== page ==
The Ministry of Home Affairs (MHA) has released a set of guidelines for Zoom users to keep themselves, their colleagues, friends and family safe from possible cyber-attacks and online harassment. That’s because, the ministry says the viral video-conferencing app is “not a safe platform” from the privacy point of view. The 16-page advisory was released by the ministry’s Cyber Coordination Center (CyCord) following a similar warning by India’s nodal cyber security agency, the Computer Emergency Response Team of India (CERT-IN).
In its report released earlier in the week, CERT-IN said that no government official should use the platform for conducting official business to prevent possible cyber-attacks and the leakage of sensitive information. However, the agency also said that general users not wanting to ditch the software should follow some stringent guidelines to prevent anything untoward.
The MHA advisory is also along similar lines, asking users to follow new guidelines to prevent meetings being hijacked by unauthorized parties. The following are the complete set of new guidelines from the Home Ministry on how to keep your Zoom conference calls from being hijacked by unauthorized people:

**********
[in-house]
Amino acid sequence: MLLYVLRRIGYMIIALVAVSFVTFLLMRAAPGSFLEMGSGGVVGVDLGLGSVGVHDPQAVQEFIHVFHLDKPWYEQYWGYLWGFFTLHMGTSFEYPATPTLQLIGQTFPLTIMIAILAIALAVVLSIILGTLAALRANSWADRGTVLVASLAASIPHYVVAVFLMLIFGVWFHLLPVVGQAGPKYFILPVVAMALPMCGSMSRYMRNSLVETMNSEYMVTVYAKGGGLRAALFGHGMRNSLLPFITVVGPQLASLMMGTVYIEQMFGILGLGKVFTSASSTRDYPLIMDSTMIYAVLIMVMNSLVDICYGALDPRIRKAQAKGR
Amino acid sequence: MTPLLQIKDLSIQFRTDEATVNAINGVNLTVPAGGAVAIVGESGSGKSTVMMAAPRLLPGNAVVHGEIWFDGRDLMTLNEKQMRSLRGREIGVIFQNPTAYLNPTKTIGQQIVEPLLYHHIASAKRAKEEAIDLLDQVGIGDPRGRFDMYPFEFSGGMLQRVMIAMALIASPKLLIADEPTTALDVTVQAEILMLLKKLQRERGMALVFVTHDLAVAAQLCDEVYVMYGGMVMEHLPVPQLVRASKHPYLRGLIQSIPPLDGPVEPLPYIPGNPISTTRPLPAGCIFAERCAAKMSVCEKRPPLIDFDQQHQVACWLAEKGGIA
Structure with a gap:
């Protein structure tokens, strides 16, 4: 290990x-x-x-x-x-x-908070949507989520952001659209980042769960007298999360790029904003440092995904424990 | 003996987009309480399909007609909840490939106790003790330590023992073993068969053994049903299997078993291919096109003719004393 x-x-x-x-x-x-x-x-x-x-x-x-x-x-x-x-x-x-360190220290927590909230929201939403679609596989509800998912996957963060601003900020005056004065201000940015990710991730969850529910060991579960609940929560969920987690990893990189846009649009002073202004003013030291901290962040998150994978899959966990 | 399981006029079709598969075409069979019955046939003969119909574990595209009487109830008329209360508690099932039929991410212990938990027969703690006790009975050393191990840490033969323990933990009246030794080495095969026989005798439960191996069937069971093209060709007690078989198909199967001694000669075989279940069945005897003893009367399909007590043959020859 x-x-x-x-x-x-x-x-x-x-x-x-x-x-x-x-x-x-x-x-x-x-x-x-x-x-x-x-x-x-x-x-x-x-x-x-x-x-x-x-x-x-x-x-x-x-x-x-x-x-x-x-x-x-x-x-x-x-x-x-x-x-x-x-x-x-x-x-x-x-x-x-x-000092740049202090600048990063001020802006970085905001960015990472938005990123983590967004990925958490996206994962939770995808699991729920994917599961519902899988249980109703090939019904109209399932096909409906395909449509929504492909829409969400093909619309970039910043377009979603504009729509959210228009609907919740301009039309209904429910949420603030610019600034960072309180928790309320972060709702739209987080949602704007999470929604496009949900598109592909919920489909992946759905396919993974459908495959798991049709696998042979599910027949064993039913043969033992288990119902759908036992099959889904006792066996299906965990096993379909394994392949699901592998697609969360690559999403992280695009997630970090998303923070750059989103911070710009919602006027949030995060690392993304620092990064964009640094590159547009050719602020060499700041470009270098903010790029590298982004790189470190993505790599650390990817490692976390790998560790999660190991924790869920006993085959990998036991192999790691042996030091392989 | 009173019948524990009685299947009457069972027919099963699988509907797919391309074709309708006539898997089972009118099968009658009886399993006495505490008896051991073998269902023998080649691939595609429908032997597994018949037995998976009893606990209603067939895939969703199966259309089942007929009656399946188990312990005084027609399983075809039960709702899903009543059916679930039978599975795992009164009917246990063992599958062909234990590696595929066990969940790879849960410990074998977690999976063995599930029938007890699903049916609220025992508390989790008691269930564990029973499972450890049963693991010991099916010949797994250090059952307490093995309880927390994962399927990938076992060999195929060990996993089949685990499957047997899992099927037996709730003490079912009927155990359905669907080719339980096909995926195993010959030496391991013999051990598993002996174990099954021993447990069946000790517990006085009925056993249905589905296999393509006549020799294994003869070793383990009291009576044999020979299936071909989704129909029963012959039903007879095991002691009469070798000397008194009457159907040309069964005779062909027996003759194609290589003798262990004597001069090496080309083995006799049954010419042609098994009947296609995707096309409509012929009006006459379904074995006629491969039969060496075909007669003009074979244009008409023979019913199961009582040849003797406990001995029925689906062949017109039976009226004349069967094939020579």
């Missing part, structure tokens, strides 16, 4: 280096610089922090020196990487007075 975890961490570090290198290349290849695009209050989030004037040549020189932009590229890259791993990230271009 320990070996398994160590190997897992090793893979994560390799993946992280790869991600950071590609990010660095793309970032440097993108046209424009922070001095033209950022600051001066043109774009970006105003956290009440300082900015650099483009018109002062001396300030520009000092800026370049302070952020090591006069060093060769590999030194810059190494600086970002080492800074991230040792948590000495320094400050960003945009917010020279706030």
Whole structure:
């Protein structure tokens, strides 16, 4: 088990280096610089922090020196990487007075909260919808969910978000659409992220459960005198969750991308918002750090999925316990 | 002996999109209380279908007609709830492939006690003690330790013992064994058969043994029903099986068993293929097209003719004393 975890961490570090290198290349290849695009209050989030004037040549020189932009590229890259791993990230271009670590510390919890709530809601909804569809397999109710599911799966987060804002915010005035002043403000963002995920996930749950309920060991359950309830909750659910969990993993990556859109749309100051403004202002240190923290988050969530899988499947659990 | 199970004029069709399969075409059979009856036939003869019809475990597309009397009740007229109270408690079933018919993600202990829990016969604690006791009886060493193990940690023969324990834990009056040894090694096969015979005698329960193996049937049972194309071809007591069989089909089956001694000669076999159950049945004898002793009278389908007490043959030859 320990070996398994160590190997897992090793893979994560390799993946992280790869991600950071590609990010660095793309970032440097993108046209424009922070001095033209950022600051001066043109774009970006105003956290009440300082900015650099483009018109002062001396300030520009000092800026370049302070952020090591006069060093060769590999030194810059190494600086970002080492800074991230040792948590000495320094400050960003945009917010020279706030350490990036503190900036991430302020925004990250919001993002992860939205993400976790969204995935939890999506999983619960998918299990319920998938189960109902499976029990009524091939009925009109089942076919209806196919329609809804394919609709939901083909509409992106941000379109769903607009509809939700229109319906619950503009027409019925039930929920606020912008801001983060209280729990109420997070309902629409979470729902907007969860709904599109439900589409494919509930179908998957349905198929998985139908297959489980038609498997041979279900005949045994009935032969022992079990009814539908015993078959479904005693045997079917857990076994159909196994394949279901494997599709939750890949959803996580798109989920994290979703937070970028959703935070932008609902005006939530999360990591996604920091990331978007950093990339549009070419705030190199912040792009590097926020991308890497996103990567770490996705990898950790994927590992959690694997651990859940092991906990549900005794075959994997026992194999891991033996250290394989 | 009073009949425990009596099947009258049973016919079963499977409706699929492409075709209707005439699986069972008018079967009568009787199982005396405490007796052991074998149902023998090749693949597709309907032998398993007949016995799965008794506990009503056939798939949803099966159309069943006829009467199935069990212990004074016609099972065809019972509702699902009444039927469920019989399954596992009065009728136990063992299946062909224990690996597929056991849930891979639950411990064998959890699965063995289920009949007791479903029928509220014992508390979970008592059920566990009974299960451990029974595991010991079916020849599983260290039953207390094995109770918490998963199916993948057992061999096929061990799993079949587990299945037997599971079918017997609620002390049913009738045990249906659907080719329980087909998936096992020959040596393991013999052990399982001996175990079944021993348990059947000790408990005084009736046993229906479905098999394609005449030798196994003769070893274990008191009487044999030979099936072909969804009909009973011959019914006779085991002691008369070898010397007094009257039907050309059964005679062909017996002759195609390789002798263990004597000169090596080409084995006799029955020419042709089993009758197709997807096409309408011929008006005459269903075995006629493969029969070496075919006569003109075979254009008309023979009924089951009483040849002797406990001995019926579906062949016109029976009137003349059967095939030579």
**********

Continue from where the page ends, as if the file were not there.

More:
- Create a new user ID and password for each meeting
- Create a waiting room in the app so that a user will be able to enter the meeting only when the host gives them permission
- Disable the ‘Join’ feature before hosting
- Allow Screen sharing by Host only
- Disable the option: “Allow removed participants to re-join”
- Restrict or disable file transfer
- Lock the meeting when all participants have joined
- Restrict the recording feature
- End every meeting (not just leave), if you are an administrator
Zoom has come under fire from various quarters for its privacy practices and how it handles user-data. The company last month was hit with a class-action lawsuit in the US over allegations that it shares data with Facebook without explicit consent from users. The service has also come under fire for ‘Zoom Bombing’, whereby unauthorized people can often gain access to meetings and conference calls meant for colleagues and friends.
On his part, Zoom CEO, Eric Yuan, has apologized for the security loopholes in the app. The company also rolled out updates to fix most of the glaring problems, saying that it takes “privacy, security, and trust extremely seriously”. Yuan also announced a moratorium on new features for the next 90 days, whereby the company would stop all work on new features and instead, would focus on improving the security and privacy of the platform.